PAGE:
Science News
from research organizations

Inexpensive 'Dipstick' Test For Pesticides In Foods

Date:
November 12, 2009
Source:
American Chemical Society
Summary:
Scientists in Canada are reporting the development of a fast, inexpensive "dipstick" test to identify small amounts of pesticides that may exist in foods and beverages. Their paper-strip test is more practical than conventional pesticide tests, producing results in minutes rather than hours by means of an easy-to-read color-change, they say.
Share:
       
Total shares:  
FULL STORY

An experimental test strip shows a visible color change indicating the presence of pesticides in a test sample. In the future, similar strips may help detect these hidden toxins in foods and beverages.
Credit: The American Chemical Society

Scientists in Canada are reporting the development of a fast, inexpensive "dipstick" test to identify small amounts of pesticides that may exist in foods and beverages. Their paper-strip test is more practical than conventional pesticide tests, producing results in minutes rather than hours by means of an easy-to-read color-change, they say.

The study is in the November 1 issue of ACS' Analytical Chemistry, a semi-monthly journal.

John Brennan and colleagues note in the new study that conventional tests for detecting pesticides tend to use expensive and complex equipment and in some cases can take several hours to produce results. They cite a growing need for cheaper, more convenient, and more eco-friendly tests for pesticides, particularly in the food industry.

The scientists describe the development of a new paper-based test strip that changes color shades depending on the amount of pesticide present. In laboratory studies using food and beverage samples intentionally contaminated with common pesticides, the test strips accurately identified minute amounts of pesticides.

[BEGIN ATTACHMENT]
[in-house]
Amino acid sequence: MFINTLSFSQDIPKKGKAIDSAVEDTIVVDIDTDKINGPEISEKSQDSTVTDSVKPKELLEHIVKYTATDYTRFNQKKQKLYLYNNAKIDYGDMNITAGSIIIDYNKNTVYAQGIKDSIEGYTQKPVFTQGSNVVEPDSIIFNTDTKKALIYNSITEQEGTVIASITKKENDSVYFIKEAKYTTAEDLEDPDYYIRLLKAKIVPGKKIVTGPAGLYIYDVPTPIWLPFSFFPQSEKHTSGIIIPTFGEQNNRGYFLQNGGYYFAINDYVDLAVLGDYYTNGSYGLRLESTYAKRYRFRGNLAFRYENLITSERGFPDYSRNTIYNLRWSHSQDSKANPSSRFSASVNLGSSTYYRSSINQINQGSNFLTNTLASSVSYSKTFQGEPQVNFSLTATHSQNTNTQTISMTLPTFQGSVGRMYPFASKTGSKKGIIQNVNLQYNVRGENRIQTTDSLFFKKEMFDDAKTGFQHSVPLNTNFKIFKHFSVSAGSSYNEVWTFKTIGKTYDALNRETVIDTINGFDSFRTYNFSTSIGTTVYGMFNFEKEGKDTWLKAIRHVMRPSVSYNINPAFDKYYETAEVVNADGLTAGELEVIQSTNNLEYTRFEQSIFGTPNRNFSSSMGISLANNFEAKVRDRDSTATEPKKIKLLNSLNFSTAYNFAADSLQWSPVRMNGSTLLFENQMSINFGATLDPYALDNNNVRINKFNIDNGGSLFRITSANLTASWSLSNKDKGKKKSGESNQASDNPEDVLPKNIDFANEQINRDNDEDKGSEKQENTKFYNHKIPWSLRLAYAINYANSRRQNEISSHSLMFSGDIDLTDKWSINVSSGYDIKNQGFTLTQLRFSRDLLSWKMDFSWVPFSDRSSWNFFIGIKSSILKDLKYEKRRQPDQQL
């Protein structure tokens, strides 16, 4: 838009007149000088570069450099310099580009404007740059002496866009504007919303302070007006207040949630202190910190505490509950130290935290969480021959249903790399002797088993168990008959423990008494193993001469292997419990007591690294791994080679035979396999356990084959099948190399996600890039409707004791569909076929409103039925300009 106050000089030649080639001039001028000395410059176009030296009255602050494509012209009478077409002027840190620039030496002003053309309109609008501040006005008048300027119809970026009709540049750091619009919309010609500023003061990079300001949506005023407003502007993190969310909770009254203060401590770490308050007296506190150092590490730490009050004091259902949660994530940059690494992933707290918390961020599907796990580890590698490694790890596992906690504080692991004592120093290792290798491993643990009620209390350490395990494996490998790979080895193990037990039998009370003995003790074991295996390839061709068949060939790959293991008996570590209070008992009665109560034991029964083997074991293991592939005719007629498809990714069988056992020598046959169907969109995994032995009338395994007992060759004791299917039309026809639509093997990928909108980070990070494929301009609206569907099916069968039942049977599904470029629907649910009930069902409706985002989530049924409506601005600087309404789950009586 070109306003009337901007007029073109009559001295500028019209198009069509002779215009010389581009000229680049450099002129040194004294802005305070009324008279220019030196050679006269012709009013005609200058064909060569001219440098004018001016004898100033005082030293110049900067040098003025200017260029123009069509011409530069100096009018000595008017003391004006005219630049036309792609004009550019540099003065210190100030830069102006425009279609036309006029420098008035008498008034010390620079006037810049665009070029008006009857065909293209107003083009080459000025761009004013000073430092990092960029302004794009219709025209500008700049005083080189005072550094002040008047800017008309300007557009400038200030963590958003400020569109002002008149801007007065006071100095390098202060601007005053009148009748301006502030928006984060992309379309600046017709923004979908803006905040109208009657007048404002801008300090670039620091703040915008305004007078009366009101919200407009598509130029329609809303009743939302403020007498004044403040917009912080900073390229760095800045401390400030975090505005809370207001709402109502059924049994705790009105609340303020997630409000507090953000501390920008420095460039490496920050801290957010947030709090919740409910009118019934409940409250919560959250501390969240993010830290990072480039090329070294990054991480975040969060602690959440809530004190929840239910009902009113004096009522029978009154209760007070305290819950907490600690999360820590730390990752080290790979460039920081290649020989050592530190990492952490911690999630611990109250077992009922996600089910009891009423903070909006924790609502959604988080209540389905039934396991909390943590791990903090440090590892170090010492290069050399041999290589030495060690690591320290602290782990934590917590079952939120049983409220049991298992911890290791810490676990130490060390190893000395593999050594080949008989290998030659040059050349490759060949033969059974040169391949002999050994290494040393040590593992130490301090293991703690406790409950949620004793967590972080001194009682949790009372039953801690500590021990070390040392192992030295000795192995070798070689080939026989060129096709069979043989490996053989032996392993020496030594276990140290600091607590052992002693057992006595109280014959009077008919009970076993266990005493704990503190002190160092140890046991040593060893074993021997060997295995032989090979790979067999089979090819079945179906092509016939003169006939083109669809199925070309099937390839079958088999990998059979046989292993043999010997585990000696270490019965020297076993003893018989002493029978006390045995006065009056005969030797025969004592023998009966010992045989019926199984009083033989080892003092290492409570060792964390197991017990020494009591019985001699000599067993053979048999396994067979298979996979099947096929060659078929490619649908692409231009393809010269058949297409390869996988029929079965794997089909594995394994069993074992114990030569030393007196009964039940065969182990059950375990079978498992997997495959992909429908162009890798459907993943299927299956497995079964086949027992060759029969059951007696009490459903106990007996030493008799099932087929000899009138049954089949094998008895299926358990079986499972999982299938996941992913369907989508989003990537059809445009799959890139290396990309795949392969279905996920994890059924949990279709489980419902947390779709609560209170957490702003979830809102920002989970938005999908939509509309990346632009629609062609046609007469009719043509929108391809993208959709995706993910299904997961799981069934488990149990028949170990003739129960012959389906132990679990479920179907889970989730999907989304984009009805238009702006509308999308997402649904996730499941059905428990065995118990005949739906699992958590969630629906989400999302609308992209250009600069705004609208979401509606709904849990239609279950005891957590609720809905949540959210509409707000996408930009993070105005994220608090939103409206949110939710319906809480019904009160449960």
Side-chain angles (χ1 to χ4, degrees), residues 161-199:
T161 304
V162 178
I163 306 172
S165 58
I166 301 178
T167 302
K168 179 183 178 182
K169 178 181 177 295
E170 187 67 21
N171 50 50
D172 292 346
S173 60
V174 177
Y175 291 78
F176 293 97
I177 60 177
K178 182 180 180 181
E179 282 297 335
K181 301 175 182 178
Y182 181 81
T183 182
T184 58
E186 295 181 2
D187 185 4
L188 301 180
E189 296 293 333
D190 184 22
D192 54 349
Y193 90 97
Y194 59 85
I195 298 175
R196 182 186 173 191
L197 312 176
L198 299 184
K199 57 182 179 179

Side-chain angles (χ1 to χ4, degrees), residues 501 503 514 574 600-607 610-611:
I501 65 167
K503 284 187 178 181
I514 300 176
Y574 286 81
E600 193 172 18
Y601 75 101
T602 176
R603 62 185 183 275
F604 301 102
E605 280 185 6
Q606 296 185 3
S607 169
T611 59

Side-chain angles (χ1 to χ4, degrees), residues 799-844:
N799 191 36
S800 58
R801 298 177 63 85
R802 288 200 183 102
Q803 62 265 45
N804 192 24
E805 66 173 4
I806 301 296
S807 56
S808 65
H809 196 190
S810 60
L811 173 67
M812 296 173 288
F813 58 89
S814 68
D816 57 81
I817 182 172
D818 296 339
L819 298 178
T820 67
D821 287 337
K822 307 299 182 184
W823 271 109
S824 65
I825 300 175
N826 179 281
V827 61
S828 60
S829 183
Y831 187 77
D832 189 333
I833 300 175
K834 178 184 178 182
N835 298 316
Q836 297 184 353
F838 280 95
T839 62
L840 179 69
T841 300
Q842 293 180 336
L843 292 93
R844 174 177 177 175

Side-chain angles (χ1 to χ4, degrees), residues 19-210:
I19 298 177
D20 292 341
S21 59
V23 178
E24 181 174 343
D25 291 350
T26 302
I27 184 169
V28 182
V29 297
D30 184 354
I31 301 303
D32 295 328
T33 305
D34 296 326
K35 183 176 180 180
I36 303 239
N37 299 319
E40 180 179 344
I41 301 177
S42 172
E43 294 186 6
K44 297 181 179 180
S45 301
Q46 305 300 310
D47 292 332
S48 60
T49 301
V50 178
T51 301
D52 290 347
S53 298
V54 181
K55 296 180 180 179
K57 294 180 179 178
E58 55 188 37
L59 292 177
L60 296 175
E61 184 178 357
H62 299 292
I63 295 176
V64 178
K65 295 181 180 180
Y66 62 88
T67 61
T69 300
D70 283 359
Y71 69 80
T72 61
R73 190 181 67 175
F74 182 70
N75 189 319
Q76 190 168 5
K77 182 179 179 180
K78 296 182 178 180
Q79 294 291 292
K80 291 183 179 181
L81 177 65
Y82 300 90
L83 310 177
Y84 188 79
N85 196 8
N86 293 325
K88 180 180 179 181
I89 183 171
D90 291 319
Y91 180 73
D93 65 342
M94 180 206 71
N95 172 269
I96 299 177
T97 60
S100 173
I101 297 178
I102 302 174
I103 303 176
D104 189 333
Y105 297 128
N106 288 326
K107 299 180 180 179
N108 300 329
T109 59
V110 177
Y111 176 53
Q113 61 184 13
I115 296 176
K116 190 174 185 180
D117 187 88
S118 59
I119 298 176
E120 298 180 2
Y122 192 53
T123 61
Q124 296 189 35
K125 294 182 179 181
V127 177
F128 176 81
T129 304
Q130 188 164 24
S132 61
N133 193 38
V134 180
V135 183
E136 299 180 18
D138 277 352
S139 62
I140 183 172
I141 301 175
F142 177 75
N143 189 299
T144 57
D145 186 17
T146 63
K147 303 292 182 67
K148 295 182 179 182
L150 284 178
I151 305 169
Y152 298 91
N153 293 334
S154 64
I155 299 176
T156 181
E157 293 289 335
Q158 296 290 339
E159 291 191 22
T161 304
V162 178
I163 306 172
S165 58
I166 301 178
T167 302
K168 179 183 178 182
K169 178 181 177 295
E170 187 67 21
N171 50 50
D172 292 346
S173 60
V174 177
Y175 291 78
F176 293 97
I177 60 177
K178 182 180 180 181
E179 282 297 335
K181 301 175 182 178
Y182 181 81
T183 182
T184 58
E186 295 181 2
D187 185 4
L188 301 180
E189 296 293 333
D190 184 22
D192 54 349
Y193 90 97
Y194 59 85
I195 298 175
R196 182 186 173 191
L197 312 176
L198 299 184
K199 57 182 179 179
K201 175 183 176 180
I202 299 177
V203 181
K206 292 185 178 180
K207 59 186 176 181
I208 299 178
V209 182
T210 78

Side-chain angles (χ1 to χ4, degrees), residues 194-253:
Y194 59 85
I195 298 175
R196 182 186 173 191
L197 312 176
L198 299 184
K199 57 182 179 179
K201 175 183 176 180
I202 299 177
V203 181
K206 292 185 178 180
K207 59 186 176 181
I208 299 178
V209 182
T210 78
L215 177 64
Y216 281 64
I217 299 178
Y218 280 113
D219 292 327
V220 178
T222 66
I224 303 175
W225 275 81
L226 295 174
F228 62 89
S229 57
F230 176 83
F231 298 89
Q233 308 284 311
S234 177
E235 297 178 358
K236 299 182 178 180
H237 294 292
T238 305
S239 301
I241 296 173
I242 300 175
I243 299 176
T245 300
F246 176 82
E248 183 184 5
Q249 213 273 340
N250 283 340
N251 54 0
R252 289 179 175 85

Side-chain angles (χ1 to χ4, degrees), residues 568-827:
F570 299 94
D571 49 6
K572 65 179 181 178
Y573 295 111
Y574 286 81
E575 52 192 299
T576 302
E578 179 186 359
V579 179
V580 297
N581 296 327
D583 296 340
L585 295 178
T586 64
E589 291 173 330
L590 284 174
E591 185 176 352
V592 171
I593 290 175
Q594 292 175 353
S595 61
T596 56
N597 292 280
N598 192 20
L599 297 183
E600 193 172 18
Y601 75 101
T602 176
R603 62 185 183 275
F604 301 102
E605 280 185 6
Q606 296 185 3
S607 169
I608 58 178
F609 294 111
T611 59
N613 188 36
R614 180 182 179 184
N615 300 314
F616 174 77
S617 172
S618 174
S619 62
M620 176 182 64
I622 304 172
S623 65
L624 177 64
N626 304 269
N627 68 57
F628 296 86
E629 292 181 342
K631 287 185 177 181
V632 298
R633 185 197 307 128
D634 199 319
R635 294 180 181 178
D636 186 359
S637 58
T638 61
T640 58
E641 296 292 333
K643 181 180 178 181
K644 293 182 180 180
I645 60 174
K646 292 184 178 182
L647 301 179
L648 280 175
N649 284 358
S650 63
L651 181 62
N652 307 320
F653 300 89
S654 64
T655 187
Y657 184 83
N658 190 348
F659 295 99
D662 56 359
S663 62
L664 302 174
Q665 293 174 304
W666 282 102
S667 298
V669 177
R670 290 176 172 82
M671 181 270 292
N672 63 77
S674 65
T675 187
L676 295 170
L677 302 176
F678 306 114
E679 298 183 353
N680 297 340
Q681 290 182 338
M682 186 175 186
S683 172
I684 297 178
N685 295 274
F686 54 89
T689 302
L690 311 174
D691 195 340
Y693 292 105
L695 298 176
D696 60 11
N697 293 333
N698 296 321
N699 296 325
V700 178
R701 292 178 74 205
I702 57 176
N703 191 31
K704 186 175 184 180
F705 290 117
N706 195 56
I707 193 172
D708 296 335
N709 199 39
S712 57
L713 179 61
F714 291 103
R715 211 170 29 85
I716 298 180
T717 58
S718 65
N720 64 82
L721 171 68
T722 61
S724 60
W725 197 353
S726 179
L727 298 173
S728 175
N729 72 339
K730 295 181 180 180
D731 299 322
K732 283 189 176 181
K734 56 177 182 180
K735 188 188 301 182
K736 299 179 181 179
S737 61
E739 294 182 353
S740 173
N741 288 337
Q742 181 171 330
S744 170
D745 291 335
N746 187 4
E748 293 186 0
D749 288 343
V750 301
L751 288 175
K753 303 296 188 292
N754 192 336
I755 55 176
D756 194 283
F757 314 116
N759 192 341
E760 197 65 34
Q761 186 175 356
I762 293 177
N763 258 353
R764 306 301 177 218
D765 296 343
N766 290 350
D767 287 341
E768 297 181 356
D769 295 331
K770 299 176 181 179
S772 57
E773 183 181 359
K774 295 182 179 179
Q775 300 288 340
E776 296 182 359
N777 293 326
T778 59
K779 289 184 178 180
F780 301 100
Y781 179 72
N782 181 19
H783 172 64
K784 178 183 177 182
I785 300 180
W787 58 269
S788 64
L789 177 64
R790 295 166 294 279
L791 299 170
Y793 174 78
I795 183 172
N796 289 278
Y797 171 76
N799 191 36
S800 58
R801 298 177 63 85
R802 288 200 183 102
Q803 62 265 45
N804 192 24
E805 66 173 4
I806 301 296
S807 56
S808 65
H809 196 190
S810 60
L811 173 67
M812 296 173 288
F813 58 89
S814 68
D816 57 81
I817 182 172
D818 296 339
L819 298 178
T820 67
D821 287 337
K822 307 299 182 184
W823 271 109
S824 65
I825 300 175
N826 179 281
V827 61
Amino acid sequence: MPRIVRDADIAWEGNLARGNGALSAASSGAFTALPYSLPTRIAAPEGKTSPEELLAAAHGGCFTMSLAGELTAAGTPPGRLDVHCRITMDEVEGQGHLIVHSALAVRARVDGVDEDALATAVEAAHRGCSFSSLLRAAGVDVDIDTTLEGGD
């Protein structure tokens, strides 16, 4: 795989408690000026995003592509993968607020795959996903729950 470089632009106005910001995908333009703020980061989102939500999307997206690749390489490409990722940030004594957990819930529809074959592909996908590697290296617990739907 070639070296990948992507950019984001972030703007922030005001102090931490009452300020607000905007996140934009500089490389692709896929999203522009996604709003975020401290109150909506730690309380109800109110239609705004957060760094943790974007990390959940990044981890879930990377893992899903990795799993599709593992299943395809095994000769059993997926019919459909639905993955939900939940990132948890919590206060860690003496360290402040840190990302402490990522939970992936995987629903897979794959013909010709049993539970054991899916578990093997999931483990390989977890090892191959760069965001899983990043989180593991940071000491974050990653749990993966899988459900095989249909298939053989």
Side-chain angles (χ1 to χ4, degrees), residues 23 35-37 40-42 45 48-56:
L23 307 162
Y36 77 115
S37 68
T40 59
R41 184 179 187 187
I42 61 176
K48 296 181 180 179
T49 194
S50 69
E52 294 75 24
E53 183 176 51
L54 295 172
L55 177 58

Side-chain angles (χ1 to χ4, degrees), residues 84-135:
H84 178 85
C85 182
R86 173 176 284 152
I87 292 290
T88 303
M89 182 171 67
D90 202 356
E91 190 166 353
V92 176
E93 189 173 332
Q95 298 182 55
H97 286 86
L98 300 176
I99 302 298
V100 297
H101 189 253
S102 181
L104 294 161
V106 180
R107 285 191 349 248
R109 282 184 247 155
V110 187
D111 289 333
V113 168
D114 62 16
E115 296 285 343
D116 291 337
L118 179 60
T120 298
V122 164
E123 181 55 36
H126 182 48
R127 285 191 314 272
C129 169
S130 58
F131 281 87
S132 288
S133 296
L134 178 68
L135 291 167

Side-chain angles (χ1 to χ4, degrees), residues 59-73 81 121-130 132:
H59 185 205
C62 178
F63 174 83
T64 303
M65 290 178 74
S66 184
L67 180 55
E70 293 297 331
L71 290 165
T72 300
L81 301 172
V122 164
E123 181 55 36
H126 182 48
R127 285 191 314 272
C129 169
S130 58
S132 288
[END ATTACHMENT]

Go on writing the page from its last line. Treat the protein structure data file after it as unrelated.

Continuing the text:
The test strips, which produced results in less than 5 minutes, could be particularly useful in developing countries or remote areas that may lack access to expensive testing equipment and electricity, they note.


Story Source:

The above story is based on materials provided by American Chemical Society. Note: Materials may be edited for content and length.


Journal Reference:

  1. Hossain et al. Reagentless Bidirectional Lateral Flow Bioactive Paper Sensors for Detection of Pesticides in Beverage and Food Samples. Analytical Chemistry, 2009; 81 (21): 9055 DOI: 10.1021/ac901714h

Cite This Page:

American Chemical Society. "Inexpensive 'Dipstick' Test For Pesticides In Foods." ScienceDaily. ScienceDaily, 12 November 2009. <www.sciencedaily.com/releases/2009/11/091104122534.htm>.
American Chemical Society. (2009, November 12). Inexpensive 'Dipstick' Test For Pesticides In Foods. ScienceDaily. Retrieved May 23, 2015 from www.sciencedaily.com/releases/2009/11/091104122534.htm
American Chemical Society. "Inexpensive 'Dipstick' Test For Pesticides In Foods." ScienceDaily. www.sciencedaily.com/releases/2009/11/091104122534.htm (accessed May 23, 2015).

Share This Page:


Plants & Animals News
May 23, 2015

Latest Headlines
updated 12:56 pm ET